I'm guessing the date. But that looks very much like a bull-nosed Morris which was made between 1913 and 1926. So I plumped for a date in the middle of that. It could of course be an old car at the time this photos was taken and be later than 1926.
Note the dutch gable ends-cum-pediments on the buildings on Broadway. These have now been removed. It makes quite a difference.
In respnse to a question asked by john McMullan, some history on the Harringay Arms.
The pub had opened and was fielding sports teams by 1864. I can find no earlier record.
Bell's Life in London and Sporting Chronicle - 1 October 1864
By way of confirmation:
Islington Gazette - 25th Nov,1873
The earliest Kelly's Directory I can access is 1892. This shows that at that time, the street address was 4, Chapel Place
Of course, the story brings us immediately to the question of the-ey and -ay forms of Harringay/Haringey.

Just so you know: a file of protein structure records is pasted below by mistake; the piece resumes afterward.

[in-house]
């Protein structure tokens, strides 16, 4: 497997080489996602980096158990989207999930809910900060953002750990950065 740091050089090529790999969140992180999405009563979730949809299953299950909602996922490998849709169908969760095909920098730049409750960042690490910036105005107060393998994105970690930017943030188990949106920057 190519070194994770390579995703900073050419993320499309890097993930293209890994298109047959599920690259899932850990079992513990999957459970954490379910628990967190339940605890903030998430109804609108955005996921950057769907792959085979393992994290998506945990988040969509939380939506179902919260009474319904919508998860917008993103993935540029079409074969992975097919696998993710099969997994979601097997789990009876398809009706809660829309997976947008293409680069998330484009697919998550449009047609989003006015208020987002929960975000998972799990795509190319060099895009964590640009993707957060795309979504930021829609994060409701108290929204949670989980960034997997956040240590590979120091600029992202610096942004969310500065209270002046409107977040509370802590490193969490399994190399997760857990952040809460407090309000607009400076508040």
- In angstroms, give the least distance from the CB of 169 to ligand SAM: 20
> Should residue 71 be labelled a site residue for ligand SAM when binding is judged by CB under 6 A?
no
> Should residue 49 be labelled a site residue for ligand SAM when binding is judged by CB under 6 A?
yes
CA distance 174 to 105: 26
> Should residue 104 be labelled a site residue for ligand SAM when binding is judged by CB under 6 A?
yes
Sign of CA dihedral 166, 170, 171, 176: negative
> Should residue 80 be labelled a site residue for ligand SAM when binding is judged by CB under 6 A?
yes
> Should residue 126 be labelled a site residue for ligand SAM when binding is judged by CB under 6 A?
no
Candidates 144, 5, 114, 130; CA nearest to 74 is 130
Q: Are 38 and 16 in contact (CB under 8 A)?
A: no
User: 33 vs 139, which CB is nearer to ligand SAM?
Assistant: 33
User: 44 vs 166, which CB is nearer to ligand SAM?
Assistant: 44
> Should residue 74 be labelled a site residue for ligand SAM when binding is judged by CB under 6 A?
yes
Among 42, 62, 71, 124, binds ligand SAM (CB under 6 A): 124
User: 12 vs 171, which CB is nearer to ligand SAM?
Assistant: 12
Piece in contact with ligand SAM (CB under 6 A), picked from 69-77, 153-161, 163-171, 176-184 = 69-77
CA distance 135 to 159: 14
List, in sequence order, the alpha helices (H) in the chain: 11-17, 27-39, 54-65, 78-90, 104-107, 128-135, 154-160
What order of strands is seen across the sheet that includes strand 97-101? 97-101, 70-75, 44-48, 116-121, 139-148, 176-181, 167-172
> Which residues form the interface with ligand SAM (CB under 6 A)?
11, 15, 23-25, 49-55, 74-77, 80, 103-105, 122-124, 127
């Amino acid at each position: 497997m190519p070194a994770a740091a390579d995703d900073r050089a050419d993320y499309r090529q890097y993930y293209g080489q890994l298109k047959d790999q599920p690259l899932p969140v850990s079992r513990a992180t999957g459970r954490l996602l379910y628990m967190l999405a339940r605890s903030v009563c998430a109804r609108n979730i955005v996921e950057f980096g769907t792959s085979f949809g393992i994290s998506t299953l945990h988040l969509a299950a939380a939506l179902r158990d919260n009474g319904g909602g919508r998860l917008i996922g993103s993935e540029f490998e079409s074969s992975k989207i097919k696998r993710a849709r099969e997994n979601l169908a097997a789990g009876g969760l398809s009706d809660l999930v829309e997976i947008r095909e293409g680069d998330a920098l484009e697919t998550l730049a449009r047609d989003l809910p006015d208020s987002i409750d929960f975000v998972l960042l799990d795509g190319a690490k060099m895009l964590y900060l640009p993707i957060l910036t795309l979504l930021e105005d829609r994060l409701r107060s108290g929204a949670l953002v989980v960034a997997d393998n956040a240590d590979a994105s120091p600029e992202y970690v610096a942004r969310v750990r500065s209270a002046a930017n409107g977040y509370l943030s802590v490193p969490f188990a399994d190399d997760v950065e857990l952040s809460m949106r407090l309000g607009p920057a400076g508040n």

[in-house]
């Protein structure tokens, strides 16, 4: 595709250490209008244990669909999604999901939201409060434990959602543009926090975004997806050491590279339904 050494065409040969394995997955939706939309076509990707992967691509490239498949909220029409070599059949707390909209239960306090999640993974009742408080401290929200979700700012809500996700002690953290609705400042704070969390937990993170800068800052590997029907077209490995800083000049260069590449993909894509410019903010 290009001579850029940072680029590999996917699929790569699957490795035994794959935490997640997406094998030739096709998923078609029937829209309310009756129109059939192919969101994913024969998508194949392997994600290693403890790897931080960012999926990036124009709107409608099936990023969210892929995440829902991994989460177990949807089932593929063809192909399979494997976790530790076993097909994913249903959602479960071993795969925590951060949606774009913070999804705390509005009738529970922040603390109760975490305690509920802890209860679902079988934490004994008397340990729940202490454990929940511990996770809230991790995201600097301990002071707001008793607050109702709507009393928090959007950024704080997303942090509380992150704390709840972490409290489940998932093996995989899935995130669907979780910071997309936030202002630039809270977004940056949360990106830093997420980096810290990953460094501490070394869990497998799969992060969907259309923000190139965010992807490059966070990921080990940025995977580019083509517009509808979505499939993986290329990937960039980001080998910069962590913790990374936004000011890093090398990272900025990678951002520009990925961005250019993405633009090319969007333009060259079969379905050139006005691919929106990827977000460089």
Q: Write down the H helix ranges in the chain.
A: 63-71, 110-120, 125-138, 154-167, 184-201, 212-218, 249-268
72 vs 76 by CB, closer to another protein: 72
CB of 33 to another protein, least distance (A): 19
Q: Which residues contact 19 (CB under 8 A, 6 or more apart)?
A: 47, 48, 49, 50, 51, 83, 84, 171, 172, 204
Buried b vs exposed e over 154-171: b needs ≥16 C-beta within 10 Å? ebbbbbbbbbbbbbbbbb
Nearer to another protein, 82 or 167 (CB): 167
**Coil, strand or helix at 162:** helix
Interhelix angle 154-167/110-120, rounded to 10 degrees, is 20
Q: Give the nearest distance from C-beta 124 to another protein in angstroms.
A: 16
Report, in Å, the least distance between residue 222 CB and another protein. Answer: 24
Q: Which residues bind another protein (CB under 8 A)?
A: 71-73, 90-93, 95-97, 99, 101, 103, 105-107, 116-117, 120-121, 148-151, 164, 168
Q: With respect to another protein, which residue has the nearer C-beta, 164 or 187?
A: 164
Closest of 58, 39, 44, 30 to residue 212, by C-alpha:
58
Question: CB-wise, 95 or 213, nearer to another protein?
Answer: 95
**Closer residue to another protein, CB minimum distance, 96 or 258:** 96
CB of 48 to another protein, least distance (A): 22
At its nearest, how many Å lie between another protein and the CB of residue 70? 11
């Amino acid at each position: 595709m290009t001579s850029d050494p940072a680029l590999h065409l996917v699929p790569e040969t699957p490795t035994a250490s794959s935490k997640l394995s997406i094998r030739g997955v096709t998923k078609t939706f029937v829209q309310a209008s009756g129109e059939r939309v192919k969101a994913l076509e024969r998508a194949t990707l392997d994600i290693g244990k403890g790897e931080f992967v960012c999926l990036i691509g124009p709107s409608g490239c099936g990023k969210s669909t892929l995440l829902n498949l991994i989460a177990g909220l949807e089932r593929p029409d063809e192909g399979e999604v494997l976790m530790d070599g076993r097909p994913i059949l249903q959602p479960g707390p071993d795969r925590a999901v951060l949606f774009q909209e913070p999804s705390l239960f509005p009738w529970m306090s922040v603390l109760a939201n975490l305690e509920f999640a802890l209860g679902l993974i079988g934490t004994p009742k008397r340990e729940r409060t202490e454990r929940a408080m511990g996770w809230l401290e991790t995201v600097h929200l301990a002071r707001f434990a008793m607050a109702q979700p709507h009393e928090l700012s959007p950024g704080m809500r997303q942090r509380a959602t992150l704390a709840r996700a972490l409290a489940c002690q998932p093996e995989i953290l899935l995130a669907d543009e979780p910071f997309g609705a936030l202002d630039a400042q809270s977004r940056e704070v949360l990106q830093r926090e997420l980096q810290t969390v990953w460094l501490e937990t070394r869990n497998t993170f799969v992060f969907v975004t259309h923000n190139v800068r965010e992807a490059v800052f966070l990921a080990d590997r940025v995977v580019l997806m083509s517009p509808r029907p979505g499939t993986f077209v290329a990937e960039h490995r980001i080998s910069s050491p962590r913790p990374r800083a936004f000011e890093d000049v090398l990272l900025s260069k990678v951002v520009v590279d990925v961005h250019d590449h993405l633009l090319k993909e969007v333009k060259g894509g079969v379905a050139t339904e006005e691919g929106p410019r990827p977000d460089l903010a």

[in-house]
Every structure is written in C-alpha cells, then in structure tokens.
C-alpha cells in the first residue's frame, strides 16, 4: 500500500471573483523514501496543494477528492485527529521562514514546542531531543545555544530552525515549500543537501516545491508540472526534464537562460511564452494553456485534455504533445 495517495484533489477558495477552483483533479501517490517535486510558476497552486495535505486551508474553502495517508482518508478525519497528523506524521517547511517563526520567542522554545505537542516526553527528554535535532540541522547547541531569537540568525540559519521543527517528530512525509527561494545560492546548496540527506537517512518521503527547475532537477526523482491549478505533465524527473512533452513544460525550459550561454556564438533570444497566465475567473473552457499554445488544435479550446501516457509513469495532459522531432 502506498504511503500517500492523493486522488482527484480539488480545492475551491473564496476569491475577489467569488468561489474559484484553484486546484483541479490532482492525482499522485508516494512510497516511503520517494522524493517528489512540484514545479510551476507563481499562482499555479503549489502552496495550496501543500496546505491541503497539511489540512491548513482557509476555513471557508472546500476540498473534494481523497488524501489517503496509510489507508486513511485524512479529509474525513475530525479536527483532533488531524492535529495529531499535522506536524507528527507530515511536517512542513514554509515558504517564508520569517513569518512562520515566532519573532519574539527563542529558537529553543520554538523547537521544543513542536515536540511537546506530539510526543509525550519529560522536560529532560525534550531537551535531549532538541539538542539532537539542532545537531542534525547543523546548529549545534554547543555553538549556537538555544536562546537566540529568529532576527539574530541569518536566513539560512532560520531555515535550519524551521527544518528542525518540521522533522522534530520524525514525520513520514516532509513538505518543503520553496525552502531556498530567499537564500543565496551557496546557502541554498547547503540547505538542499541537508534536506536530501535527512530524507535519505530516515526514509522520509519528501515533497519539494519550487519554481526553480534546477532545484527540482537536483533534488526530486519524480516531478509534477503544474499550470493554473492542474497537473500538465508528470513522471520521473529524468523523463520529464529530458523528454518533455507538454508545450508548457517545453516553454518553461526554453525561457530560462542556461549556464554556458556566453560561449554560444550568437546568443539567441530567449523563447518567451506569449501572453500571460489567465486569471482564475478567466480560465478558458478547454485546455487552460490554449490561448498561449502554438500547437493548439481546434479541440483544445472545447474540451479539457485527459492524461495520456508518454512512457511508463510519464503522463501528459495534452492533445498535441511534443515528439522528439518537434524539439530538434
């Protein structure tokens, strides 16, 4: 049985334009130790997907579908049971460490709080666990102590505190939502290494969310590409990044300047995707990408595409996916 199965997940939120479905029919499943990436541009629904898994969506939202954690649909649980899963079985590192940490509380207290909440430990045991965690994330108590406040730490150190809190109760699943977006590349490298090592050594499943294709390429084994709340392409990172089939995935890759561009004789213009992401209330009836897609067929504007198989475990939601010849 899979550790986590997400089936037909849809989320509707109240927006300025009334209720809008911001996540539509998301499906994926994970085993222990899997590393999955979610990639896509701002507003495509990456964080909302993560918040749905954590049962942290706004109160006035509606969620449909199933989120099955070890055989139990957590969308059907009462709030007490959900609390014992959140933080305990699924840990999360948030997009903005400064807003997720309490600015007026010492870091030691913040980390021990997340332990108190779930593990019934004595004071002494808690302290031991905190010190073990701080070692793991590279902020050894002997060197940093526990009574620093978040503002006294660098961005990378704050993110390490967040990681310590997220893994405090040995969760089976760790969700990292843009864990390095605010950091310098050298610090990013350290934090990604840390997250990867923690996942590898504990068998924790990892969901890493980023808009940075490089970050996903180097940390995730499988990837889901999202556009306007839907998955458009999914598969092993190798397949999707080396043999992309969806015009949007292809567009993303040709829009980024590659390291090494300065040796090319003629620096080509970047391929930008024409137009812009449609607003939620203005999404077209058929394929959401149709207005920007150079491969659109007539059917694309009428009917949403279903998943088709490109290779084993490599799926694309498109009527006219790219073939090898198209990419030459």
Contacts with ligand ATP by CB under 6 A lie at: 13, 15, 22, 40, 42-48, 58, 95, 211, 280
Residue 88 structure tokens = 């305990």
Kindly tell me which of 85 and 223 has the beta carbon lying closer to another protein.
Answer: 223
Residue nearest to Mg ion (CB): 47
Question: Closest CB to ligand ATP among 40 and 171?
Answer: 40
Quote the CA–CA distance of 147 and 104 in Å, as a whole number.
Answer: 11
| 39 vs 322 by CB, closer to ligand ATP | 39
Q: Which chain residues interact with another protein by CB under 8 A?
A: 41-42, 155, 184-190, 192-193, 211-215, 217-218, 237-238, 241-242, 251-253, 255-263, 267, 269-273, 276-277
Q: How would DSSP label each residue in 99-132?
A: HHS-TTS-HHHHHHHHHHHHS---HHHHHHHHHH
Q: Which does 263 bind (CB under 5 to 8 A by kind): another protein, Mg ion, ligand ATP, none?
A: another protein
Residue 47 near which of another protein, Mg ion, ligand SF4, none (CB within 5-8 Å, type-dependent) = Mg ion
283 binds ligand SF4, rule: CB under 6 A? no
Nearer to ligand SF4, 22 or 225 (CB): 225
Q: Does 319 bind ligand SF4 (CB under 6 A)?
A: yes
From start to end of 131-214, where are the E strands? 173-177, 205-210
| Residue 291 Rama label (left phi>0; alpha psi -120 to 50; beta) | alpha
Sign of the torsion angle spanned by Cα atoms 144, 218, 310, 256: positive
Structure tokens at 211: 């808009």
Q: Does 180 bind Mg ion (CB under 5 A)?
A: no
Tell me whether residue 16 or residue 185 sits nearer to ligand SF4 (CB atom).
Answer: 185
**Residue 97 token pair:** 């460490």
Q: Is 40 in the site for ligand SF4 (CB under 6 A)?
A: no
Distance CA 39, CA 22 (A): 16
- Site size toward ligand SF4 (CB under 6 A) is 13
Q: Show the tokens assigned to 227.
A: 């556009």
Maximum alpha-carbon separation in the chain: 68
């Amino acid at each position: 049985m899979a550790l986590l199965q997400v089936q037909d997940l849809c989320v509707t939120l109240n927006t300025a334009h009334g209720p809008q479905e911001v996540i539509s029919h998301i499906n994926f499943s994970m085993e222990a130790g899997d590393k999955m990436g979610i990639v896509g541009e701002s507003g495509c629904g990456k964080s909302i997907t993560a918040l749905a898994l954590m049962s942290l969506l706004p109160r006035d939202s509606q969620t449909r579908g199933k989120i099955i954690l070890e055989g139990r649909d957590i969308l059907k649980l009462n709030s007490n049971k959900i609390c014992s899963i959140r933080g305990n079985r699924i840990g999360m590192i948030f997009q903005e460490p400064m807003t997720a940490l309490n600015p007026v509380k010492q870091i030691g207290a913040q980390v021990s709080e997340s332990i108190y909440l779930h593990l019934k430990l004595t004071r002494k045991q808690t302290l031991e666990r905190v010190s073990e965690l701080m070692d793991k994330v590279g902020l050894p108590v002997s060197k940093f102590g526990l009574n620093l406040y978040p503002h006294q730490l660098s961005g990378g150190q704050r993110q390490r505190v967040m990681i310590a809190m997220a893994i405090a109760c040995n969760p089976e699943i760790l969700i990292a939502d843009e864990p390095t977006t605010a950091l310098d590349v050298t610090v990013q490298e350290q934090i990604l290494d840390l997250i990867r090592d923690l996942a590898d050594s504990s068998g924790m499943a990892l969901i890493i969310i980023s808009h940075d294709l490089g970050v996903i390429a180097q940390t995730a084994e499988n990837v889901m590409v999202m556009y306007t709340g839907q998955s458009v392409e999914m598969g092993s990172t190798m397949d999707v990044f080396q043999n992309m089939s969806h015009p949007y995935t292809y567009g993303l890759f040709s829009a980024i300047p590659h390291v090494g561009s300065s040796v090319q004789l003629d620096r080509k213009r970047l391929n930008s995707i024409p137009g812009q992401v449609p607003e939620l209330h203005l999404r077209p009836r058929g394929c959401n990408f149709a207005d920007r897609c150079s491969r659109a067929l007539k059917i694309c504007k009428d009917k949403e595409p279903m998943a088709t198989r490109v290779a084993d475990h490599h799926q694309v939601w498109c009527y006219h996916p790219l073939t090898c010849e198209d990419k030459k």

In almost the same year the Ordnance Survey map shows the -ay form for the road almost opposite the pub.
Now both are permanently reversed.
In 1894, the pub was one of several premises sold by H.W. Elder's trustees on death of Mrs. Sarah Elder. It seems that spelt the end of the pub for a few decades. It's probably worthy of noe that the documentation of that sale refers to the premises as a "Beer House" rather than a public house.
By 1896, the Haringey Arms ceased trading as a pub and became a beer seller. Perhaps Samuel Austin lost his victualler's licence. At any rate, the business had been taken on by James Winch who had obviously succeeded in getting a licence for off-sales. The address was now 143 Crouch Hill.
Kelly's Directory, 1896
By 1902, the business was being run by Walter Shilling and in 1908, it was taken over by John Price Morgan. Then the following year it Kelly ceases listing it. One assumes it had gone out of business.
See my comment below for the end of the story.
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